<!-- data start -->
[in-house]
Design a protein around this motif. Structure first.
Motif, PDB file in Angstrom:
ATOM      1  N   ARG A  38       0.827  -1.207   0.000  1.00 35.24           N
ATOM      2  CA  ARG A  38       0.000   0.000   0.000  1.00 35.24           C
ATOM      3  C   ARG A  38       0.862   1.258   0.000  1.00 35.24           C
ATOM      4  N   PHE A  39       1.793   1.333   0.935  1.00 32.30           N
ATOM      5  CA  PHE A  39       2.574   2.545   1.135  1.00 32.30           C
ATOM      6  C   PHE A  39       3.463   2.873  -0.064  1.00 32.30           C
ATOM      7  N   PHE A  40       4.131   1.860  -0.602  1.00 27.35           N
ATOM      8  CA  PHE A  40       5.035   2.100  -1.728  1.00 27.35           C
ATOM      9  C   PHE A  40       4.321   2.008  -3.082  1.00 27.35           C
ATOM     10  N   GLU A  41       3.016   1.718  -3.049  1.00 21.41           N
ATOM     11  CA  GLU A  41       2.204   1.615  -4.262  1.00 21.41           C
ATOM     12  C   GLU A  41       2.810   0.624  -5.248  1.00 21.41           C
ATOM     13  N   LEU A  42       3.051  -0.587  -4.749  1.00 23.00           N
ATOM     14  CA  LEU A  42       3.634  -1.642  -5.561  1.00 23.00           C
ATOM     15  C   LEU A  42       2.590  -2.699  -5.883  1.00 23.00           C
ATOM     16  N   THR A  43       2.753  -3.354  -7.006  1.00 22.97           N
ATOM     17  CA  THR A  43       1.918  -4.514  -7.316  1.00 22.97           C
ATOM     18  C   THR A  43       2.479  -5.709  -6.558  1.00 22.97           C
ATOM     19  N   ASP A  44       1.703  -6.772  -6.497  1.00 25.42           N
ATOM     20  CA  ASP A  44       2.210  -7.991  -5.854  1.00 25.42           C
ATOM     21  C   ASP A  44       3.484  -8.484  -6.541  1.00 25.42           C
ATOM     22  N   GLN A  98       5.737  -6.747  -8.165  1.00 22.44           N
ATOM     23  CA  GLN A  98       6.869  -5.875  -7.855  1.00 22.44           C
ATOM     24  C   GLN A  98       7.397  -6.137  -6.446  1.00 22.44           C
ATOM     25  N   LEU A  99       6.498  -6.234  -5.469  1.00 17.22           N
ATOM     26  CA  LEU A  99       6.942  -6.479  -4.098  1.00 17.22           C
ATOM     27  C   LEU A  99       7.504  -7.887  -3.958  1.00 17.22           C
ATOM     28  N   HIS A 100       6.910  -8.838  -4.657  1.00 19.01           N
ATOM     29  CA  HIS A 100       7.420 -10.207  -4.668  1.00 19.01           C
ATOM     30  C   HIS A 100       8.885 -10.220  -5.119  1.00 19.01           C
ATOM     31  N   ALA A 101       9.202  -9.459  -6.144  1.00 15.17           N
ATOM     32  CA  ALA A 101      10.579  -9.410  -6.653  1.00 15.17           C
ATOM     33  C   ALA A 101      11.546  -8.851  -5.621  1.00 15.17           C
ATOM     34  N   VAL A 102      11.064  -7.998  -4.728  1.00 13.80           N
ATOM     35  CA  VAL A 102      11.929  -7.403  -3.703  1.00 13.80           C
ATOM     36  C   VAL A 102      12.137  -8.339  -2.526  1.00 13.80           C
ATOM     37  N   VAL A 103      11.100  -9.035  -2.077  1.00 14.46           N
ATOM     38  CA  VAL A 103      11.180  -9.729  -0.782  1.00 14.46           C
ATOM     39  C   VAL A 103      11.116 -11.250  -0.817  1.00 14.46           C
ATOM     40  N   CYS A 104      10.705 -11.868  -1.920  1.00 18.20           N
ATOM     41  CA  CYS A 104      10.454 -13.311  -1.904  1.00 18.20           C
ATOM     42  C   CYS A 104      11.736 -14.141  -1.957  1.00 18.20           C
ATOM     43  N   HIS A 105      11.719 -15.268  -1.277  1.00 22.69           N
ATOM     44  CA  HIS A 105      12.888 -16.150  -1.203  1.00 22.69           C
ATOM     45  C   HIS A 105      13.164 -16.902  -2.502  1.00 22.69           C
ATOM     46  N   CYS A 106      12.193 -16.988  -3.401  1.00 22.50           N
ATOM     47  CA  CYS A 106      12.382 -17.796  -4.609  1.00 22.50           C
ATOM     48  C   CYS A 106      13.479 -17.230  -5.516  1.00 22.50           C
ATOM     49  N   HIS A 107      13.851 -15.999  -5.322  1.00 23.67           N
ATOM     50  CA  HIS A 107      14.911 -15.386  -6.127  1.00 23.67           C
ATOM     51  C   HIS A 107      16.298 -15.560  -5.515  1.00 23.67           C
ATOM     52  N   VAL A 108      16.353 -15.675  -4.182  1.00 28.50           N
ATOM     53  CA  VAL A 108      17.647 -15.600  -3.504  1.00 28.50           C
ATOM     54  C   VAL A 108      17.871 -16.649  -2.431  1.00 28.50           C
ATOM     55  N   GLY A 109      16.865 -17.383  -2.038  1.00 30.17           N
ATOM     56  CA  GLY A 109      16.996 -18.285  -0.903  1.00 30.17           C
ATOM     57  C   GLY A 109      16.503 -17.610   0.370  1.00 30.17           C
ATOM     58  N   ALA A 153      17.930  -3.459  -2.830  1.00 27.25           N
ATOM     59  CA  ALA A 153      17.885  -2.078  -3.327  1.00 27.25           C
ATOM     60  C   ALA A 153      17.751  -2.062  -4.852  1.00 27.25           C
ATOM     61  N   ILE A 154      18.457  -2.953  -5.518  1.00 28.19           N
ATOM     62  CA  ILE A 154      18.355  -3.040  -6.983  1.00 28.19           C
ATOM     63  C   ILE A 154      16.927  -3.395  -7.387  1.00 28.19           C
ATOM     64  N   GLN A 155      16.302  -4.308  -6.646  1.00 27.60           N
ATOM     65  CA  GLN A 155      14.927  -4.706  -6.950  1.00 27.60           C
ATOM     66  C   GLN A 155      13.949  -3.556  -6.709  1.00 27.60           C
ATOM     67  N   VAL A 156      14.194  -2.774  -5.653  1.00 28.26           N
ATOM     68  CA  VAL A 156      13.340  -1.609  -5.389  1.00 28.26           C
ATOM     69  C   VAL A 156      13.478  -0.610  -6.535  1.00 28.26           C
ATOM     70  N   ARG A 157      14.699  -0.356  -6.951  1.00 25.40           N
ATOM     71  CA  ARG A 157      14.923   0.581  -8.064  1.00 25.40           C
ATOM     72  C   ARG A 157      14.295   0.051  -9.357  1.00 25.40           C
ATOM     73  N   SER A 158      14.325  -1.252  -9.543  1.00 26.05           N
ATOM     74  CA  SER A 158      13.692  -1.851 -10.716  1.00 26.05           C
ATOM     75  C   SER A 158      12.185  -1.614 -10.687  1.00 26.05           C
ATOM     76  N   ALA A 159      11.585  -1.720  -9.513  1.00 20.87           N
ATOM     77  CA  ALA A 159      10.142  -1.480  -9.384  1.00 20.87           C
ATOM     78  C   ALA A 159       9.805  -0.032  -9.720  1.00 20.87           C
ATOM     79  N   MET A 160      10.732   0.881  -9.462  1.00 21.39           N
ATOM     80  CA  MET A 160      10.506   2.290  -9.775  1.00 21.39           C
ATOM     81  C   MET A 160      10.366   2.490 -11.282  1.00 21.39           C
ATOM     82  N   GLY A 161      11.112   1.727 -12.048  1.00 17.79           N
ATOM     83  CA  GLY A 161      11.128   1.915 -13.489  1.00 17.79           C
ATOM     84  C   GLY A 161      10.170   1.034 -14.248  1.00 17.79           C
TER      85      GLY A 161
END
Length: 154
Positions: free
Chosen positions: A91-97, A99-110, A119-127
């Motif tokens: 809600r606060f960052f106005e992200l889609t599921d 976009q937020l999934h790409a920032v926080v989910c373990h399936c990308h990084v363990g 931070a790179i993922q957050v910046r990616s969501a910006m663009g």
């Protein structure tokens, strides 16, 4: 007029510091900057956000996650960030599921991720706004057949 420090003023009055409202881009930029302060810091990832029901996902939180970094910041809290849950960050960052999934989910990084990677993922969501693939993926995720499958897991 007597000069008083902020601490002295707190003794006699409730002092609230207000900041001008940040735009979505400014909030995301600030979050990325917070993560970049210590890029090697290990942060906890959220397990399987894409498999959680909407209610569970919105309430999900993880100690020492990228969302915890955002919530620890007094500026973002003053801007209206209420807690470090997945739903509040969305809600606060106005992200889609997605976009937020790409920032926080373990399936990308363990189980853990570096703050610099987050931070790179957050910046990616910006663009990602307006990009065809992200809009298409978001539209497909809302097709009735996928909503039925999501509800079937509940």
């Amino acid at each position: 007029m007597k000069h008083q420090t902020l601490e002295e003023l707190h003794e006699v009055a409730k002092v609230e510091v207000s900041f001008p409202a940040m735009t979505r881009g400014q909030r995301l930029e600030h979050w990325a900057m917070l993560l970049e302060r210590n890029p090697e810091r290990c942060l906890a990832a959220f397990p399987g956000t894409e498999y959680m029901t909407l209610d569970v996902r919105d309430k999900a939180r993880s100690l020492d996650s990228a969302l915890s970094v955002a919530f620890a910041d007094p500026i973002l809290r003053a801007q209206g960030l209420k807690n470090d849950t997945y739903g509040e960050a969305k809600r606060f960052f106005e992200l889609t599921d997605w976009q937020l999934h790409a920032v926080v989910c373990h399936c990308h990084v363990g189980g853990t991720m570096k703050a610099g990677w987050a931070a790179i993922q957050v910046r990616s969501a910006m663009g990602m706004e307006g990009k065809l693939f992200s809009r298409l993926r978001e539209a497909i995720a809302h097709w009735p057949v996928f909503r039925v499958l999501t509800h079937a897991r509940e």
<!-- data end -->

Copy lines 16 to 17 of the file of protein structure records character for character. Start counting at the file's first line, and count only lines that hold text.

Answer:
ATOM     13  N   LEU A  42       3.051  -0.587  -4.749  1.00 23.00           N
ATOM     14  CA  LEU A  42       3.634  -1.642  -5.561  1.00 23.00           C